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What Not to Wear

June 17, 2013
Bluffing with some of my senior students right after they finished their math WAEC.

Bluffing with some of my senior students right after they finished their math WAEC.

My mother raised me not to judge a book by its cover.  When you are a Peace Corps Volunteer, however, you are forced to be conscious of your ‘cover.’  Liberia is a culture that values neat, clean, and modest appearances and too many volunteers fall into the romantic trap that for two years they can let it all hang out.  In America we see dress and appearance as a form of personal expression so we feel embarrassed to critique other people’s dress code.

The truth is, no one will say anything to you but your community will talk about how you dress.  It’s up to you if that gossip is positive or negative.  How you dress will determine how your students behave in class, which community leaders choose to work with you, and how much you get heckled on the street.  But if those things don’t matter, sure, go ahead and let it all hang out.

For those of you who want to maximize the impact of your two years in Liberia here are eight dos and don’ts.

  • DO model the dress of people you respect and the community respects.  You will see people dressed all kinds of crazy ways but to be effective you have to operate on a higher level.  Look to the leaders and the people above you like the principal, the CEO, the County Superintendent, etc.  Or at the minimum look at your students.  They are required to come in a clean pressed uniform everyday with neatly shined shoes.  If you don’t look at least as good as them you can’t expect them to respect you and behave in your class.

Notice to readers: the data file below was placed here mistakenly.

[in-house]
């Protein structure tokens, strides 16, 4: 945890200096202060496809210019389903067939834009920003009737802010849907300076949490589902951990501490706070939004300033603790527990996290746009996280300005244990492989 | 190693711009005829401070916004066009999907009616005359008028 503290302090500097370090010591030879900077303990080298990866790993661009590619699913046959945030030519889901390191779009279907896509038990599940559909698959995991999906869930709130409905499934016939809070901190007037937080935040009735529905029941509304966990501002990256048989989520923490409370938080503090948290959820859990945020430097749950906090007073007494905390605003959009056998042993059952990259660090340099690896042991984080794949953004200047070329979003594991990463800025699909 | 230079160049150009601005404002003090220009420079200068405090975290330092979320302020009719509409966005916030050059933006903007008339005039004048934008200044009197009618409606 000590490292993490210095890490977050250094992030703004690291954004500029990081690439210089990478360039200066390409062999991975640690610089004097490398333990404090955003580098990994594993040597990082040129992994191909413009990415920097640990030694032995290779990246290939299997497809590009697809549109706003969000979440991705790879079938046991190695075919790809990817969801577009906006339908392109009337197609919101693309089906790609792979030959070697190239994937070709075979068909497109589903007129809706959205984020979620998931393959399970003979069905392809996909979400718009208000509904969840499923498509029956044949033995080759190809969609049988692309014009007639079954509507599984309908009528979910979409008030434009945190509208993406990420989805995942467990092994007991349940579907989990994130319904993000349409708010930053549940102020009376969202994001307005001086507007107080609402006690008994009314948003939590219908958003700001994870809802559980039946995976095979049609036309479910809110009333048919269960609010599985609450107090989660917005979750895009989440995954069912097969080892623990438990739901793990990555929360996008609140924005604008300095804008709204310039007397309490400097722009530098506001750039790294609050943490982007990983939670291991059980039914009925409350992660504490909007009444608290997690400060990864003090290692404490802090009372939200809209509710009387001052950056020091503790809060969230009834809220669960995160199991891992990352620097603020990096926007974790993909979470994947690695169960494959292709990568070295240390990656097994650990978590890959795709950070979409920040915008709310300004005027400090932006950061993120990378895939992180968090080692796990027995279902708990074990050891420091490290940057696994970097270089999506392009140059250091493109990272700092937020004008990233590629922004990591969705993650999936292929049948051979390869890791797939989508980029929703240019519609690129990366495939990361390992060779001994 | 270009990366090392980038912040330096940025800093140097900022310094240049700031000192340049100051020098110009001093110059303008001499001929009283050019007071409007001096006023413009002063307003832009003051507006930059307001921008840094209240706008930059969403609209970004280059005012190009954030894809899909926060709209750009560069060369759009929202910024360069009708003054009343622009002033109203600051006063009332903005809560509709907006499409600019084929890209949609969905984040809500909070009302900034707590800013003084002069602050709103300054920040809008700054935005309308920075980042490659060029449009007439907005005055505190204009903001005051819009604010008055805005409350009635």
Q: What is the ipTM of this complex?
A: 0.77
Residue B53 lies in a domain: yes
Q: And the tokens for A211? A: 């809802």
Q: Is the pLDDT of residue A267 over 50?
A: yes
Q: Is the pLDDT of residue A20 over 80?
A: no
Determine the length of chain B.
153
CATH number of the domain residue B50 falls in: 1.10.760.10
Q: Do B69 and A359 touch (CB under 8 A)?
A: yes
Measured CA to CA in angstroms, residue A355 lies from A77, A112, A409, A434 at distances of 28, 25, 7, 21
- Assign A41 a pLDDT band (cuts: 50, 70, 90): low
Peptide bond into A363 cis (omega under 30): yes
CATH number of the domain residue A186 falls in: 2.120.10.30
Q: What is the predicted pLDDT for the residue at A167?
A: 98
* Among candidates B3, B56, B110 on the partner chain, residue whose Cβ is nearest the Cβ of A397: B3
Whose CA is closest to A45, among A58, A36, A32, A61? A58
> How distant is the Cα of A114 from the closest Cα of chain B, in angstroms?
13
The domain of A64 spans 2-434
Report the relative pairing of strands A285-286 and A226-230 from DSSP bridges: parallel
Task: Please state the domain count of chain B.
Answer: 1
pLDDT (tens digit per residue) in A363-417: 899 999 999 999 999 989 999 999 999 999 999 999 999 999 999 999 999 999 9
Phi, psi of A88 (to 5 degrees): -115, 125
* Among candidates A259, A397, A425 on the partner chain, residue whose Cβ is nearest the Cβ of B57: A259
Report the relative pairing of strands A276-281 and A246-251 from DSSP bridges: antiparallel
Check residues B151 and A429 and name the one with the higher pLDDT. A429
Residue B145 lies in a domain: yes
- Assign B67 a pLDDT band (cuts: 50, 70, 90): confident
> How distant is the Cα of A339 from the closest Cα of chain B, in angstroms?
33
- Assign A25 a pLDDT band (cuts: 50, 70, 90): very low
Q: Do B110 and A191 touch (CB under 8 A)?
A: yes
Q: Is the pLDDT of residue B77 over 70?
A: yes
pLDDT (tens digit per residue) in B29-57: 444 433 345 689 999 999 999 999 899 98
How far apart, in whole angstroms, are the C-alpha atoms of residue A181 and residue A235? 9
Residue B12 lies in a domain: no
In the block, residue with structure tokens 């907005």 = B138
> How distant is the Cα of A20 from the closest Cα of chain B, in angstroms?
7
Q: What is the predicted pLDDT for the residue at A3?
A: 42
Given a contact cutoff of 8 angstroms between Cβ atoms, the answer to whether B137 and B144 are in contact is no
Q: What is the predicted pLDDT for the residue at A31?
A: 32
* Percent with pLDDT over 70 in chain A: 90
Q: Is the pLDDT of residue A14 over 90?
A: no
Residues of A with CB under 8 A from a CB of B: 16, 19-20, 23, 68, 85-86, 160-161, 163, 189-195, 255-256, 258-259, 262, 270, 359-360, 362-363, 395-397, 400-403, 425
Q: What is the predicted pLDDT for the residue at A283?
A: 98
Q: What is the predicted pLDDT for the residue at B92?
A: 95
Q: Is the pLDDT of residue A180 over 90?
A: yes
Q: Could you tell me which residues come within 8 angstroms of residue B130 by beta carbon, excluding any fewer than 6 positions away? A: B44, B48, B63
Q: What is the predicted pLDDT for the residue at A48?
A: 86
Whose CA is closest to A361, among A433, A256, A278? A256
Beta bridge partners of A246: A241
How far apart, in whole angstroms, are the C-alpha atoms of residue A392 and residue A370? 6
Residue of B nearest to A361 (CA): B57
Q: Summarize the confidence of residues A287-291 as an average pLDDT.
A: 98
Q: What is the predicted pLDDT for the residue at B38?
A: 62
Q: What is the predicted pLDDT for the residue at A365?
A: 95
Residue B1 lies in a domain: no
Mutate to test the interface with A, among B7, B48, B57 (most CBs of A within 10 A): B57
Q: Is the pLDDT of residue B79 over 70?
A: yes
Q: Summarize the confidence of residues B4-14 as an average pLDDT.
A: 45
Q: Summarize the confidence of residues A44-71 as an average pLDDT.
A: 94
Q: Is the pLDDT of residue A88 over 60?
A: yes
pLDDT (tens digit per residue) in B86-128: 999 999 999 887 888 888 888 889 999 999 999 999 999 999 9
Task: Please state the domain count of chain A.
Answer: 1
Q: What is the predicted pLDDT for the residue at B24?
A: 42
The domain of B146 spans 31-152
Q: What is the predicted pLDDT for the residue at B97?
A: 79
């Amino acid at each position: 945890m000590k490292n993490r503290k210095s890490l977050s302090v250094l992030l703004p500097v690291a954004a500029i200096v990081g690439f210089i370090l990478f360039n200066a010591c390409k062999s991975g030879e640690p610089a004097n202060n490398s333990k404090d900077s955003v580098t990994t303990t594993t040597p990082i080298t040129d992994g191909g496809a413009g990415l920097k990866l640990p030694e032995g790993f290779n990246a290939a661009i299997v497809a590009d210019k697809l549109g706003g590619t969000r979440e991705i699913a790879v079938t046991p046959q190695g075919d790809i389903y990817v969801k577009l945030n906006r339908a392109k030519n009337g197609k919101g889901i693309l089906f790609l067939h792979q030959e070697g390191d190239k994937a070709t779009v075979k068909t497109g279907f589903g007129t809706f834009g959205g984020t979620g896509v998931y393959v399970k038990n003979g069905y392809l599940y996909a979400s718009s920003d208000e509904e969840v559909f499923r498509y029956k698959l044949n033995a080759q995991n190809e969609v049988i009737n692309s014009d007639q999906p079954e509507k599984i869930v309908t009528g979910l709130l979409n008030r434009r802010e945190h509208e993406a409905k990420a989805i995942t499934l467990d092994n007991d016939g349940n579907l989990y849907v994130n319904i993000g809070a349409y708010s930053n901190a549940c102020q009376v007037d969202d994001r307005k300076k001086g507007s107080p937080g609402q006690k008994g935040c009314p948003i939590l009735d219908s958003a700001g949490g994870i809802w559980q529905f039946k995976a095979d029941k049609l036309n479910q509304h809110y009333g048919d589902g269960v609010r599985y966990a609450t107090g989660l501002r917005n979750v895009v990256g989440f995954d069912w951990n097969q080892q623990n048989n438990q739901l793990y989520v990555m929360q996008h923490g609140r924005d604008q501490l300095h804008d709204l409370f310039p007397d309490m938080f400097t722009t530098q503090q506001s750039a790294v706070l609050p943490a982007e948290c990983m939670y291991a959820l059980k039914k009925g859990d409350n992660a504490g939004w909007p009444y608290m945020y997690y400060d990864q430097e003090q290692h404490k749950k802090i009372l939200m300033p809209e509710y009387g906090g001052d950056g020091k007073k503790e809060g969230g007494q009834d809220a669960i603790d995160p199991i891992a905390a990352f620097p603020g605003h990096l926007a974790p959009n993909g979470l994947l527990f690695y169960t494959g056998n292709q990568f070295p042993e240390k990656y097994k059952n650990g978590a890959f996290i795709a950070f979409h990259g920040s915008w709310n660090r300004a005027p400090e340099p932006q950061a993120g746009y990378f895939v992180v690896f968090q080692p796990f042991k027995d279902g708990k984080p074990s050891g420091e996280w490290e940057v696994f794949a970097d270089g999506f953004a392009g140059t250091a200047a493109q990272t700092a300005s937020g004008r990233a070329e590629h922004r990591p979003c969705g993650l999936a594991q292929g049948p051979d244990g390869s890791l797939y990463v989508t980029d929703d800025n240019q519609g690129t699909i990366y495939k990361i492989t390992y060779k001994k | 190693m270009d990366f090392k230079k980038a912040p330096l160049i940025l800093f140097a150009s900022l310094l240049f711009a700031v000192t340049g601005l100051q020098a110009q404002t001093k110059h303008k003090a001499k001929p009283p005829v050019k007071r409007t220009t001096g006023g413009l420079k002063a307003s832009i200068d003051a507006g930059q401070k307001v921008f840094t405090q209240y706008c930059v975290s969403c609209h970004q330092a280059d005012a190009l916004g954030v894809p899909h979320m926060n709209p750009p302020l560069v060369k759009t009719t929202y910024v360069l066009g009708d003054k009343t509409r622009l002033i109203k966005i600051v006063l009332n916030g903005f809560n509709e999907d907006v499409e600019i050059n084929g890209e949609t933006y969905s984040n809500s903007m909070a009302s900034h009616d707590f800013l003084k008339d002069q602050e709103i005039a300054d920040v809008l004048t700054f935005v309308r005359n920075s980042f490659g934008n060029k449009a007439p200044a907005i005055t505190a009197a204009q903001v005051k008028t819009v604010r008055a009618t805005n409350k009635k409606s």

• DON’T wear shower slippers (otherwise known as rubber flip-flops) anywhere but your house and your yard.  Flip-flop-style sandals are fine as long as they are made of leather or something quality.  You will see a lot of Liberians walking around in shower slippers so you will be tempted, but again look to the leaders.  You will never see them do that.  Quality sandals cost money and people can’t afford to spoil them walking around all day selling or working.  Whether you want to accept it or not, your community knows you can afford to do better and they expect you to.
  • DO wear African clothes to teach and attend meetings.  This sends the powerful message “I am here with you and I respect your culture.”  You might feel silly initially, but it will actually be less distracting to your students and your community.  It also shows people without a word that you live here, you know your way around, and you are the kind of person they want to work with.  There is one administrator at my school who never says anything at meetings, but always stands up at the end to commend me on my dress code (a lapa suit everyday) and say that I am an excellent example to the young women.
  • DON’T wear anything short.  This applies to men and women.  Yes, it is hot in Liberia, but you will sweat no matter what you wear so start accepting it.  Men should wear long trousers, especially to school.  Primary school children wear shorts and junior high and high school students wear long trousers.  This should say it all.  Women, you need to keep those knees covered.  A mid-length skirt is all right, but if you look to women in the community you will see all of them wearing long skirts.  If you are sewing clothes just ask your tailor for advice.  “Make it so it can go to school.”